Without question, the death of Associate Justice Antonin Scalia has set all sides of the political spectrum into a frenzy. Everybody is weighing, but the stupidest comments are coming from Republicans who say that Obama shouldn’t nominate a justice at all because there is an election coming up. Rand Paul, who supposedly loves the Constitution, says that Obama has a “conflict of interest”, which is ridiculous.
The Constitution on this issue is not hard to understand: “[The President] shall nominate, and by and with the Advice and Consent of the Senate, shall appoint … Judges of the supreme Court.” The provision creates a power — and perhaps even a duty — in the president to make a nomination. No, it does not give him a right to have his nominee confirmed or even considered. That power lies with the Senate. But certainly the President SHALL do what the Constitution instructs him to do.
This puts the ball in the Senate’s court (so to speak) and Republican Senate Majority leader Mitch McConnell made the foolish error of showing his cards. He said that the Senate will not vote on an Obama nominee. They will delay, filibuster, whatever.
That’s fine, but who will pay the price for that? Republicans, I suspect. They need to show that they can govern, something that they have failed to do in the past few years.
So knowing the GOP gamebook, what should Obama do? Invigorate the base by nominating Loretta E. Lynch, the 83rd Attorney General of the United States. Very qualified, and approved already for the Senate for AG. And a black woman.
And the GOP can spend the whole election season explaining why this qualified black woman should not be the first black woman on the Supreme Court. I don’t know how they can win the politics of this, even if they succeed in keeping her off the bench.
Hillary and/or Bernie can add fuel to the fire by saying that if they won the election, they would nominate…. Larry Tribe. It might force Republicans to accept Obama’s nominee, as the lesser of two evils. Especially if it looks like Trump might not take the White House.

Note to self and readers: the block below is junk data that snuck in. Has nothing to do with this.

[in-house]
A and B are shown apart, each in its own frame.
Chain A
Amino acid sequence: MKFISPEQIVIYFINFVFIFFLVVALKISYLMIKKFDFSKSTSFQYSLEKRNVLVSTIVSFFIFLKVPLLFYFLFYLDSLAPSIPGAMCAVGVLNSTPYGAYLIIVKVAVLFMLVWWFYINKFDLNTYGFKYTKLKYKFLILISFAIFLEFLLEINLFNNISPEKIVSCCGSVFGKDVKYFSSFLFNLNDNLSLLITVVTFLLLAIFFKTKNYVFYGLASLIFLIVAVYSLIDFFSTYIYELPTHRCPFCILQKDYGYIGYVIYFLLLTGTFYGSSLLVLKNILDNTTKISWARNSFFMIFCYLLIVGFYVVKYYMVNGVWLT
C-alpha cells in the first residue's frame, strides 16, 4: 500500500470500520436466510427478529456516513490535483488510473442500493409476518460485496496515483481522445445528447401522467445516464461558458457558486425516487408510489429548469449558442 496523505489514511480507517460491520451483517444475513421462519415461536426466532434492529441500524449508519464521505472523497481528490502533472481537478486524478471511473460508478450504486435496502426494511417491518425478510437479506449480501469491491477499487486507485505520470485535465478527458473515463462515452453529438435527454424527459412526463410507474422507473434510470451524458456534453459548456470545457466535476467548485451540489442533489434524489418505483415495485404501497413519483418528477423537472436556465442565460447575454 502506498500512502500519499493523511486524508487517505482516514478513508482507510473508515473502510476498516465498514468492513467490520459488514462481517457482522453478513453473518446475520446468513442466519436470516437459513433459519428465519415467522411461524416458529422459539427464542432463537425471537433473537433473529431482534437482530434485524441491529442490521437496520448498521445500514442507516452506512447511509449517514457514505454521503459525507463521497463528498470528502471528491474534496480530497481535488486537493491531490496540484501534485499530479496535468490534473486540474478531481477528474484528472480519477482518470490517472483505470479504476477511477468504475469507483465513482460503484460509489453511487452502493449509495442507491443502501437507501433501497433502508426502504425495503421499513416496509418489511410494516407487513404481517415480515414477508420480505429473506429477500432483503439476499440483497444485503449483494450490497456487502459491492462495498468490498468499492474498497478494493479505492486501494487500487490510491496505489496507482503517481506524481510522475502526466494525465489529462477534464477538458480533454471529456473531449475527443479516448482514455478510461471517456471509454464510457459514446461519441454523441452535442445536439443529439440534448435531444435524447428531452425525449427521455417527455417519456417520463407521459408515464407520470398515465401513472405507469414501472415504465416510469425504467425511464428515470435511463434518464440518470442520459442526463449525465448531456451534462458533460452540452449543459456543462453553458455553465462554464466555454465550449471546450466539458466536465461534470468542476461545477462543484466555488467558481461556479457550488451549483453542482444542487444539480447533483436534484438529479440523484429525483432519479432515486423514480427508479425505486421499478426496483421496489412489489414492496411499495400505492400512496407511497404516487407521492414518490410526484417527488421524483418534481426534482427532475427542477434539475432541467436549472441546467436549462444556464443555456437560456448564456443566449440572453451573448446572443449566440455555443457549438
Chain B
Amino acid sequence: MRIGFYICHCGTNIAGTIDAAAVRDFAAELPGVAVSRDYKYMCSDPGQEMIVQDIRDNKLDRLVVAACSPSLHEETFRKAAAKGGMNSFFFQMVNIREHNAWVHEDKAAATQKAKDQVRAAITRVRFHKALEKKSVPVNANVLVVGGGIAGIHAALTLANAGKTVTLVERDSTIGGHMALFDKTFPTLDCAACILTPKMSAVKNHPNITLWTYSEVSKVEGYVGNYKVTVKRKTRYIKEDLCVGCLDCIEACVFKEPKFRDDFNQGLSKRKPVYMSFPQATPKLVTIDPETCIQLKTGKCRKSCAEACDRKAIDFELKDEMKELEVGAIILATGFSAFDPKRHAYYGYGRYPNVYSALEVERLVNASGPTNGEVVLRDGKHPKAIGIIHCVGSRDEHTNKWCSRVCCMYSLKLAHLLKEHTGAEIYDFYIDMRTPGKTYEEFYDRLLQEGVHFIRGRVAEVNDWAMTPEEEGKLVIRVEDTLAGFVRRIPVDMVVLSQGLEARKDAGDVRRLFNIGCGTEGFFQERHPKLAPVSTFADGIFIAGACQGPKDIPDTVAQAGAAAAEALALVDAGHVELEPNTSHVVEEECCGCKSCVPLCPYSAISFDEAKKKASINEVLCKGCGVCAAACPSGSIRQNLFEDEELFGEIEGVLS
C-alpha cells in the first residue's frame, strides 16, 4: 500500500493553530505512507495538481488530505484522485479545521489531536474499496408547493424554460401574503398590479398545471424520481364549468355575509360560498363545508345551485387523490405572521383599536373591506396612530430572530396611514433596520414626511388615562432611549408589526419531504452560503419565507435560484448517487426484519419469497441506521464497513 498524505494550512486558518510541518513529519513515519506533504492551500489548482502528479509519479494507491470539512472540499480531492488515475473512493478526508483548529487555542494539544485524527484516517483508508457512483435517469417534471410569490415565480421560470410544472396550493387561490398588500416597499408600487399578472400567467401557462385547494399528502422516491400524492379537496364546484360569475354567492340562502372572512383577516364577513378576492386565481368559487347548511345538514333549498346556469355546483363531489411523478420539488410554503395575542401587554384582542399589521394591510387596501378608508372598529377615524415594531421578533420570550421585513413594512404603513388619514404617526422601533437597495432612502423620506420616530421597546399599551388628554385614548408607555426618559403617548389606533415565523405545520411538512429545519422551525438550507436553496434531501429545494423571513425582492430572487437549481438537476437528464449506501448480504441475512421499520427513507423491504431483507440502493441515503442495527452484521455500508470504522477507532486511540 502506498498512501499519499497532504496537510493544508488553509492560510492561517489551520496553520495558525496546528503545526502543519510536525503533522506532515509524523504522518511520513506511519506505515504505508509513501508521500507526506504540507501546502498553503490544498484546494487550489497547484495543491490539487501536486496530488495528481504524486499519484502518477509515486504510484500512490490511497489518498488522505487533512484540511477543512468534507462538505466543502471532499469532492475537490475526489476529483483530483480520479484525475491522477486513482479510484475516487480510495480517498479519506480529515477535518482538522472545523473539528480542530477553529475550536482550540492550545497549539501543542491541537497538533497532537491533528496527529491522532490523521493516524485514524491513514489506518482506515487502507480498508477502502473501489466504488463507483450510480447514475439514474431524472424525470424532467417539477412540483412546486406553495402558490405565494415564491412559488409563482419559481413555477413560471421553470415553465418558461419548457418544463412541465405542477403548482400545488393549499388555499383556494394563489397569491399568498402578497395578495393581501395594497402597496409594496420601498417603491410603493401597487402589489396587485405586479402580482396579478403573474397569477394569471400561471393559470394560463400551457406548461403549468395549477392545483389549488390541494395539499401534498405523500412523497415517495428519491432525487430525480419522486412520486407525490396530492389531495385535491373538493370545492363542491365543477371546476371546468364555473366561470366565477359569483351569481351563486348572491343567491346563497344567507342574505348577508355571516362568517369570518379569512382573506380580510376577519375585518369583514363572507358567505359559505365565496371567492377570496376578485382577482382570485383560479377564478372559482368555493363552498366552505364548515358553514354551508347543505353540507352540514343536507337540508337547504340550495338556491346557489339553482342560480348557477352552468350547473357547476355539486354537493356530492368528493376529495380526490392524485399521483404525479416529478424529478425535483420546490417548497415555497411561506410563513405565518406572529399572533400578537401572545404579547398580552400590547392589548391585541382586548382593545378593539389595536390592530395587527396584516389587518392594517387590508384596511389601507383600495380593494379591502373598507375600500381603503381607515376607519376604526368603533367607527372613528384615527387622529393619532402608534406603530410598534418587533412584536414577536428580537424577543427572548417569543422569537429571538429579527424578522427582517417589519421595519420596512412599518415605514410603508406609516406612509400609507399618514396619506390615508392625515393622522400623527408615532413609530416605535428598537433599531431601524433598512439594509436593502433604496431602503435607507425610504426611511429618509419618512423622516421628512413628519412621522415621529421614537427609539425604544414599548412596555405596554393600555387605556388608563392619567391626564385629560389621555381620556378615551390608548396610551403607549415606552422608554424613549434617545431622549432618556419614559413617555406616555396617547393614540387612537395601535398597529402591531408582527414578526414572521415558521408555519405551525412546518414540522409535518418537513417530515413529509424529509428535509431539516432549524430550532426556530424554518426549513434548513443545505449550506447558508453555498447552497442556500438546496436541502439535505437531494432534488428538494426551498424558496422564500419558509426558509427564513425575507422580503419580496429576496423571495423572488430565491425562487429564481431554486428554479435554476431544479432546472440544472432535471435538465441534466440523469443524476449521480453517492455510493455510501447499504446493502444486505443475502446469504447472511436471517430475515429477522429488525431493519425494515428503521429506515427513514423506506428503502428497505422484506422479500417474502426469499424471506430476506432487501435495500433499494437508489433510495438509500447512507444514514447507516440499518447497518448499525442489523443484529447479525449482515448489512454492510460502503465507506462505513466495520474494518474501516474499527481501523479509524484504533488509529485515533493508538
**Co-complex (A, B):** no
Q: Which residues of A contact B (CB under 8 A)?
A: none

Then, there’s this:
It could all come down to 17 crucial days in January.
If Democrats win back the Senate and lose the White House in November, they would control both branches of government for about two weeks before Obama leaves office. That overlap in the transition of power is set in stone. The Constitution mandates the new Congress begins work on January 3, while President Obama stays in power until January 20.
So if Democrats take back the Senate, President Obama could send a Supreme Court nominee to that new Democratic majority, which would have 17 days to change the filibuster rules and ram in a vote before a new President takes power.
So maybe Obama might do better to select a consensus nominee. Sri Srinivasan is an often-mentioned choice. He is 48, an Indian-American, and a member of the U.S. Court of Appeals for the District of Columbia Circuit — a traditional launching pad for Supreme Court nominees. Obama first nominated him to the post in 2012, and the Senate confirmed him, 97-0, in May 2013, including votes in support from GOP presidential contenders Sens. Ted Cruz and Marco Rubio.
Now, undoubtedly there are bloggers and pundits on the right who see this playing out — politically — in their favor. And to be sure, if you are embedded on the bigoted women-and-immigrant-hating right side of the political spectrum, you’re not worried about Lynch or Srinivasan being nominated, and you hope their nomination will rally other bigots like you. Bring it on!
The problem is… America isn’t like the right. It’s not that conservative, and you only need to look at Trump to know there is a problem with right wing politics these days.